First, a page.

The Gross Motor Function Measure (GMFM) is a with five levels system developed for classification of cerebral paralyzed patients, with emphasis on the evaluation of shifts, mobility and sitting (Zonta, Ramalho Júnior, & Santos, 2011; Silva, Silva, Pontes, Oliveira, & Deliberato, 2013) . GMFM determines which level best represents the child current limitations and abilities, with emphasis on performance at home, school and community environments (Rosenbaum, Livingston, Palisano, Galuppi, & Russell, 2007) .

Several health areas (e.g. neurology, physiotherapy, occupational therapy, and physical education) are requested for treating CP people (Shepherd, 1995) . They suffer from alterations in several functional systems resulting from neurological deficits needing rehabilitation training daily to improve and/or maintain their movements (Tsai, Yu, Huang, & Cheng, 2014) .

Rehabilitation programs become repetitive and may reduce participant’s motivation. On that perspective Boccia is a fun and stimulating sport that allows CP people to participate, thus improving their life quality by interacting with people, and making new friends in the game (Huang, Pan, Ou, Yu, & Tsai, 2014) . In fact, Boccia is an adapted sport that can be a tool in the rehabilitation process by facilitating CP treatment besides offering social interactions (Tsai, Yu, Huang, & Cheng, 2014) . Due to the game characteristics, CP with a high impairment degree (e.g. motor and speech) can be included in Boccia, which acts as an incentive for integration of disabled people into an adapted physical activity, including those who use wheelchairs and with severe sequelae (Alvis & Mejía, 2013) .

The rules of the adapted Boccia game require all participants to be in wheelchairs (Huang, Pan, Ou, Yu, & Tsai, 2014) they play in a delimited boundary line area that includes a throwing box (BIS-FED, 2016) . The game main objective is score points by positioning red or blue balls as close as possible to the target white ball, also called Jack (Tsai, Yu, Huang, & Cheng, 2014) . The use of adaptations such as a helmet with pointer, ramps, and sport assistants is allowed to help those athletes with significantly compromised motor skills (Morriss & Wittmannová, 2011) .

Boccia presents four player classes (BC1 to BC4) in which athletes are classified by their functional and physical disabilities (Fong, Yam, Chu, Cheung, & Chan, 2012) . The Boccia class three (BC3) includes players with motor dysfunction on four limbs, with or without CP, that may require someone to help on handling the chair and show difficulties on holding and throwing balls. Thus, it is allowed the participation of a sport assistant to help during the game, but this professional have to stand with his/her back to the sports court, to not influence the player strategy (BIS-FED, 2016) .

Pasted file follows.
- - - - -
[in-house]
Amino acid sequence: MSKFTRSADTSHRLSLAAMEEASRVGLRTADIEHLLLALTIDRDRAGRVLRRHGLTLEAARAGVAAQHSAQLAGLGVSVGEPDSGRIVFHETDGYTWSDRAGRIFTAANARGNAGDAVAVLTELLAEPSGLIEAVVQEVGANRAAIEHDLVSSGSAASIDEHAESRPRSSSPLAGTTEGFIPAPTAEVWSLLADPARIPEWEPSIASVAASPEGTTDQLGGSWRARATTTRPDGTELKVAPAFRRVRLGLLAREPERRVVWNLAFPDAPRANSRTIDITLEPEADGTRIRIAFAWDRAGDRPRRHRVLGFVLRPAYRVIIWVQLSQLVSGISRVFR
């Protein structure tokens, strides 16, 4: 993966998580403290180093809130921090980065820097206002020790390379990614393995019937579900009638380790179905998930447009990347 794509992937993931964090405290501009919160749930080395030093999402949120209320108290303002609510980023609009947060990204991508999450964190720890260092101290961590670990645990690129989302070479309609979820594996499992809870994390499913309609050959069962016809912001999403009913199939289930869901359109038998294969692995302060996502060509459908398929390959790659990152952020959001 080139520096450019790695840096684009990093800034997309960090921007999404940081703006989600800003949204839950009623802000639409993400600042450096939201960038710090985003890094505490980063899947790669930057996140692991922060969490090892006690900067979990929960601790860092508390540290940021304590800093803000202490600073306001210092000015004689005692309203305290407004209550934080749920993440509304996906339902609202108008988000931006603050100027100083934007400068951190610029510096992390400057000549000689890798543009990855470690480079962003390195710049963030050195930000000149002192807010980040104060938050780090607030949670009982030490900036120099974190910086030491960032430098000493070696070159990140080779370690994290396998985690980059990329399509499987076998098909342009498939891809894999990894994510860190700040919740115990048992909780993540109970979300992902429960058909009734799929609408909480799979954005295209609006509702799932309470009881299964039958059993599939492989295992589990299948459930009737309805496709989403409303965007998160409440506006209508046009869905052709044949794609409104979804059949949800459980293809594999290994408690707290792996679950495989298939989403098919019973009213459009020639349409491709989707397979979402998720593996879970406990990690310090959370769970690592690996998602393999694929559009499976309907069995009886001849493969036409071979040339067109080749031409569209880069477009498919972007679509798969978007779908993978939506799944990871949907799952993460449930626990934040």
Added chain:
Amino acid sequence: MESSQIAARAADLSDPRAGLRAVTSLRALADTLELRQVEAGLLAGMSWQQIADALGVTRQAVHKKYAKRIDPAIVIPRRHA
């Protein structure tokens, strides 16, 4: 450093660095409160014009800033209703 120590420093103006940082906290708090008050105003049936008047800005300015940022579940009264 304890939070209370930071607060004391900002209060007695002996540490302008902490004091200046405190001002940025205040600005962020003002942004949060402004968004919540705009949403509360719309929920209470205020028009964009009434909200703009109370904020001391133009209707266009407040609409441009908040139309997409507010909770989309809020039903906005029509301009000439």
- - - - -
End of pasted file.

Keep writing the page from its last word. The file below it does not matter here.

According to some authors, Alternative Communication (AC) and Extended Communication (EC) are tools for helping on communicating with students with special needs (Manzini & Deliberato, 2006) . The aim of these tools is to promote fully communication and participation of this public, especially at the school environment, through techniques and strategies adapted by a set of symbols and resources (Pelosi, 2008) . According to Brazilian Institute of Social Technology (ITS) (ITS, 2014) , AC offers several resources options aiming to facilitate learning and communication of individuals with sensorial and/or cognitive dysfunctions.

Communication boards with graphic symbols or objects are considered low-tech simple schematic systems, whereas computers or personal electronic communicators are known as high-tech systems (Pelosi, 2008) . The cost of the last one may compromise the wide use of them with students with special needs, especially in countries with economic restrictions. On that perspective, low cost devices such as “thematic boards”, with figures and symbols, affixing the board on their desk may be used with students with involuntary movements (Manzini & Deliberato, 2006) .

Based in this context, our purpose is to construct and analyze a sportive board with thematic and graphic symbols related to Boccia game to be affixed on the wheelchair of a CP-BC3 athlete. In this case study, we evaluated the effects on the communication between the athlete and her sport assistants as well as its influence on the final games result.

2. Methodology

2.1. Selection Process, Ethical Procedures and Approach

This case study included the participation of a female BC3 athlete with 23 years old, and non-progressive chronic encephalopathy, spastic quadriplegic with dystonic athetosis. This BC3 is a wheelchair user with third-party help for movement that communicates through facial gestures, body expressions, and a school communication board. She trained at SESI for approximately 5 years (2 hours, 3 times a week) with participation in several São Paulo state tournaments.

The inclusion criteria were: 1) BC3 functional classification for modality division, 2) experience of at least 2 years on practicing Boccia, and 3) participation in weekly training, at least 2 hours twice a week.